I’d like to welcome Jane Odiwe to Just Jane 1813. Jane is the author of nine JAFF titles, including the recently released, “Jane Austen Lives Again,” which has received great reviews from readers on Amazon. This weekend, as part of my Beyond Pride & Prejudice: te Other Side of JAFF blog event, I am reviewing an earlier book by her titled, “Willoughby’s Return.”
“Sense and Sensibility” is my second favorite book by Jane Austen. Perhaps I have a fondness for sisters since I always longed to have one for myself. I have wanted to read “Willoughby’s Return” for a while now, so once I decided to crack open my virtual book, I asked Jane Odiwe to join me at Just Jane 1813 for an interview… Before I knew it, we were chatting up a storm and our interview is here for all of my readers to enjoy.
Jane, I know you’ve had a successful writing career as you’ve written numerous JAFF books that include characters from “Pride & Prejudice,” “Persuasion,” “Sense & Sensibility”, and four including Jane Austen herself. Before we discuss your work as an author, can you take this opportunity to share with my readers a little bit about yourself?
I live in the London Borough of Barnet, which is also in Hertfordshire, home to the Bennet girls at Longbourn so I consider myself very lucky. It feels somewhere between the town and the country, and I can hop on a tube train and be in central London in no time at all. High Barnet, where I live, and the adjoining village of Monken Hadley have been the home of some amazing writers like Elizabeth Jane Howard, Kingsley Amis, Fanny Trollope and her son Anthony, as well as the grandparents of Thackeray. When I’m feeling in need of some inspiration I take a walk past their very grand houses, and I’ve had all sorts of ideas just by looking at the lovely Georgian houses up around the common.
For many years, I was a teacher of Art and later on I taught History until I had my family and I stopped for a while to concentrate on being a mum. Drawing and painting have always been a big part of my life, and I still enjoy losing myself in painting a landscape or drawing illustrations of Jane Austen and her family. I love visiting art galleries and museums, reading novels and listening to music – there just doesn’t ever seem to be enough time to fit everything in that I want to do. Bath is another place I love to spend time, and it’s been an inspiration for several of my books. There are so many wonderful places to walk, and being able to trace Jane Austen’s footsteps never fails to excite me.
Searching for Captain Wentworth is set in Bath and Lyme.
How did you find your way to Jane Austen and how did your love for Austen lead you to write your own JAFF stories?
Jane Austen was always enjoyed in my house as I was growing up, but it was in the mid-nineties after watching the spate of wonderful series from the BBC that I re-read the novels and wanted to discover more about Jane Austen, the author. I was intrigued by the fact that biographies talked about her as if she were just a maiden aunt or timid spinster, and that certainly wasn’t the idea I had in my mind when I visualised her character. I love to draw and paint, and I wanted to see a young Jane dancing with Tom Lefroy, so I started by trying to paint Jane’s portrait with any references I could find and also discovered a miniature of Tom. I made a painting of them dancing at Ashe, which soon led on to many others. Then I decided to try and fill in the gaps in the correspondence between her and her sister Cassandra, which turned into my first little book, Effusions of Fancy. I sent it out to publishers, but they all said they didn’t think there was much of a market for Jane Austen gift books so I decided to publish myself. I met so many lovely people online after that I was encouraged to try my hand at writing a novel. There were a handful of authors writing about Elizabeth and Darcy, but I wanted to do something different. I took a character that nobody liked very much, but Lydia Bennet’s Story was fun to write because she is so outrageous, and I enjoyed redeeming her character just a little. I self-published that book, and then I had the very good fortune to have it taken up by Sourcebooks.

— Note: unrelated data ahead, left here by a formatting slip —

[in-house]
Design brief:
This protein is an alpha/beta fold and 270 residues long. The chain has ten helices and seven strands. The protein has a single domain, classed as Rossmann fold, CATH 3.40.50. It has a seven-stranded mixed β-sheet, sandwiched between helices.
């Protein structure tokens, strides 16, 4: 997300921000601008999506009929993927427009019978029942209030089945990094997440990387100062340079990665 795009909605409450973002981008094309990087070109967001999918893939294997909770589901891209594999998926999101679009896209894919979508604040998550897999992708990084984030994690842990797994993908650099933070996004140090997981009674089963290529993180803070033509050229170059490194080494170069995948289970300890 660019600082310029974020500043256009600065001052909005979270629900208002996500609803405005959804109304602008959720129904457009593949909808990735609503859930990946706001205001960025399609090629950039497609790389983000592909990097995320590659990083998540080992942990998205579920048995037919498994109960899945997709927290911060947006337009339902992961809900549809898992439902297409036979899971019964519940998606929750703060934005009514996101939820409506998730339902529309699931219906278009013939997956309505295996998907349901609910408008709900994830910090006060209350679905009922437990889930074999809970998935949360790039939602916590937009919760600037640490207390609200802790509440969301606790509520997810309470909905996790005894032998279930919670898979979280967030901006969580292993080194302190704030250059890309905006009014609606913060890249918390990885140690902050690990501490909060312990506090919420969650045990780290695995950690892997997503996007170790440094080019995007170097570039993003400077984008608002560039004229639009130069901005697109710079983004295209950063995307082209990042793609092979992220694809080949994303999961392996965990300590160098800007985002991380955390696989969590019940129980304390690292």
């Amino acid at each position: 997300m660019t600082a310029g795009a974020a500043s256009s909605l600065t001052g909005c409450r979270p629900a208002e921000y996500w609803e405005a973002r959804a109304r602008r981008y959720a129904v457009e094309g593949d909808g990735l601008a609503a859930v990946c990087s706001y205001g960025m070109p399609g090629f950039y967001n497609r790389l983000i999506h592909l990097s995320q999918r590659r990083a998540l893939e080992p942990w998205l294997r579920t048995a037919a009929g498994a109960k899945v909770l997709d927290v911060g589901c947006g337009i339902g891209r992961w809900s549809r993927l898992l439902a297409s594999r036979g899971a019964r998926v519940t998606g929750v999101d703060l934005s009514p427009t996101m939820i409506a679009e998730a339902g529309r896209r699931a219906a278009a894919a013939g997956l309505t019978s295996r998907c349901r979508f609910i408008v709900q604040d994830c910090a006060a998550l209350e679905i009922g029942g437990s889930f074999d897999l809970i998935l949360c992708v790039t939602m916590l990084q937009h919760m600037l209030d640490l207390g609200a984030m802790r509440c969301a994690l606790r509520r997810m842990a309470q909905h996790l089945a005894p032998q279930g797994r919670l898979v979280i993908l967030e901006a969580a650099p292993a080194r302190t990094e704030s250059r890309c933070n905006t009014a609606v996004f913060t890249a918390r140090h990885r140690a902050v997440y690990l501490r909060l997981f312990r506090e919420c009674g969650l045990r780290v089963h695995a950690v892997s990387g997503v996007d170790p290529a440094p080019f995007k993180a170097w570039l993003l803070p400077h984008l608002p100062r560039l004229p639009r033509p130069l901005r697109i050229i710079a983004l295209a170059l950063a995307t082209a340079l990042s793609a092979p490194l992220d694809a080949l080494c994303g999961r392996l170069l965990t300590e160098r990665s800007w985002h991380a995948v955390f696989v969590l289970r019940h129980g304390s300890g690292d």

Most JAFF stories centre around Darcy and Elizabeth, so I was thrilled to find your book, “Willoughby’s Return,” since I do adore John Willoughby. Oh, I just can’t help myself! What inspired you to take up the reins and write this story?
I love Sense and Sensibility, and at the close of the novel, I had lots of questions. Because the relationship between Colonel Brandon and Marianne isn’t very fully developed in the book we only get an idea of how they must have fallen in love, and it made me wonder how their married life might be after a few years, and I set the timeline for three years later. I didn’t think their marriage would be completely straightforward because of the colonel’s relationship with two women who were very close to him – his first love who died, and her daughter, his ward Eliza who became pregnant with Willoughby’s child. Would Marianne resent the time Colonel Brandon might spend with his ward? He would certainly have gone off at regular intervals to see her, and at that time, it would have been impossible for Marianne, as a married woman in society to receive a ‘fallen’ woman, even if she’d been sympathetic to Eliza’s predicament. But, we all know Marianne is a bit of a drama queen, and I decided she would probably resent the colonel’s involvement in the lives of his ward and young toddler. She knows how much he loved Eliza’s mother and I decided Marianne would likely be very jealous of Brandon’s relationships that might take him away from home.